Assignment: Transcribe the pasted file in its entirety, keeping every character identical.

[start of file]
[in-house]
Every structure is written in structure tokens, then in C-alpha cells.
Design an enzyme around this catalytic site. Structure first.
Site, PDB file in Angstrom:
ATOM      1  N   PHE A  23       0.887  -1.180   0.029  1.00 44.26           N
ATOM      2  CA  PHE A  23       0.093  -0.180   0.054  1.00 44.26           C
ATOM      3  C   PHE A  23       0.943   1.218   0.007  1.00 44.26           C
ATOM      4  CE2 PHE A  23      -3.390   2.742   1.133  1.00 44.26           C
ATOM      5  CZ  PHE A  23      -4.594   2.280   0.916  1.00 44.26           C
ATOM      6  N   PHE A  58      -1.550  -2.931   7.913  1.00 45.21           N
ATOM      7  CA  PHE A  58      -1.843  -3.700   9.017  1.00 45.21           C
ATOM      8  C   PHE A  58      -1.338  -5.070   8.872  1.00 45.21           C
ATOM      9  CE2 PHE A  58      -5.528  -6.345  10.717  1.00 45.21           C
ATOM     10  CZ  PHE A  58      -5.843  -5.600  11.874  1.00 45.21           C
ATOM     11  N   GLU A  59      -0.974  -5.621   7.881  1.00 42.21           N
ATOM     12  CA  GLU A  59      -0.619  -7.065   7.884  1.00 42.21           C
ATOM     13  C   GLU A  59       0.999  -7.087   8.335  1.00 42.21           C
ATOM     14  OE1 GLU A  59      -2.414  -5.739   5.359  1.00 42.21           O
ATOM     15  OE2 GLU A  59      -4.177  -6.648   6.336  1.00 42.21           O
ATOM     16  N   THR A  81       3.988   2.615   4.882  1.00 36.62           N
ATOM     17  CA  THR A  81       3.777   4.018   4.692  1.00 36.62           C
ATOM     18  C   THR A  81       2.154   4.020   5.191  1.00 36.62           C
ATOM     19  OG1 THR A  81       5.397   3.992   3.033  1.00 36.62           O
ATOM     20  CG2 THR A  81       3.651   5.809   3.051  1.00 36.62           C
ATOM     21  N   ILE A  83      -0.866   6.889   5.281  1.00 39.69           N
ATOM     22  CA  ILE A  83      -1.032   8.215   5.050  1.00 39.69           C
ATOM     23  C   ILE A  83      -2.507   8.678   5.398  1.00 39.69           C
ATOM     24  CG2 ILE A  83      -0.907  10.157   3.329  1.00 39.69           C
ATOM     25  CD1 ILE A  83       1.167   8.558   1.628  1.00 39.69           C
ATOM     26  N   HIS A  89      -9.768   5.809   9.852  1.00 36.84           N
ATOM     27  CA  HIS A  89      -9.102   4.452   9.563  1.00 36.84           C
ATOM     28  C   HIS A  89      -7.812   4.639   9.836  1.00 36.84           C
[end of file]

[in-house]
Every structure is written in structure tokens, then in C-alpha cells.
Design an enzyme around this catalytic site. Structure first.
Site, PDB file in Angstrom:
ATOM      1  N   PHE A  23       0.887  -1.180   0.029  1.00 44.26           N
ATOM      2  CA  PHE A  23       0.093  -0.180   0.054  1.00 44.26           C
ATOM      3  C   PHE A  23       0.943   1.218   0.007  1.00 44.26           C
ATOM      4  CE2 PHE A  23      -3.390   2.742   1.133  1.00 44.26           C
ATOM      5  CZ  PHE A  23      -4.594   2.280   0.916  1.00 44.26           C
ATOM      6  N   PHE A  58      -1.550  -2.931   7.913  1.00 45.21           N
ATOM      7  CA  PHE A  58      -1.843  -3.700   9.017  1.00 45.21           C
ATOM      8  C   PHE A  58      -1.338  -5.070   8.872  1.00 45.21           C
ATOM      9  CE2 PHE A  58      -5.528  -6.345  10.717  1.00 45.21           C
ATOM     10  CZ  PHE A  58      -5.843  -5.600  11.874  1.00 45.21           C
ATOM     11  N   GLU A  59      -0.974  -5.621   7.881  1.00 42.21           N
ATOM     12  CA  GLU A  59      -0.619  -7.065   7.884  1.00 42.21           C
ATOM     13  C   GLU A  59       0.999  -7.087   8.335  1.00 42.21           C
ATOM     14  OE1 GLU A  59      -2.414  -5.739   5.359  1.00 42.21           O
ATOM     15  OE2 GLU A  59      -4.177  -6.648   6.336  1.00 42.21           O
ATOM     16  N   THR A  81       3.988   2.615   4.882  1.00 36.62           N
ATOM     17  CA  THR A  81       3.777   4.018   4.692  1.00 36.62           C
ATOM     18  C   THR A  81       2.154   4.020   5.191  1.00 36.62           C
ATOM     19  OG1 THR A  81       5.397   3.992   3.033  1.00 36.62           O
ATOM     20  CG2 THR A  81       3.651   5.809   3.051  1.00 36.62           C
ATOM     21  N   ILE A  83      -0.866   6.889   5.281  1.00 39.69           N
ATOM     22  CA  ILE A  83      -1.032   8.215   5.050  1.00 39.69           C
ATOM     23  C   ILE A  83      -2.507   8.678   5.398  1.00 39.69           C
ATOM     24  CG2 ILE A  83      -0.907  10.157   3.329  1.00 39.69           C
ATOM     25  CD1 ILE A  83       1.167   8.558   1.628  1.00 39.69           C
ATOM     26  N   HIS A  89      -9.768   5.809   9.852  1.00 36.84           N
ATOM     27  CA  HIS A  89      -9.102   4.452   9.563  1.00 36.84           C
ATOM     28  C   HIS A  89      -7.812   4.639   9.836  1.00 36.84           C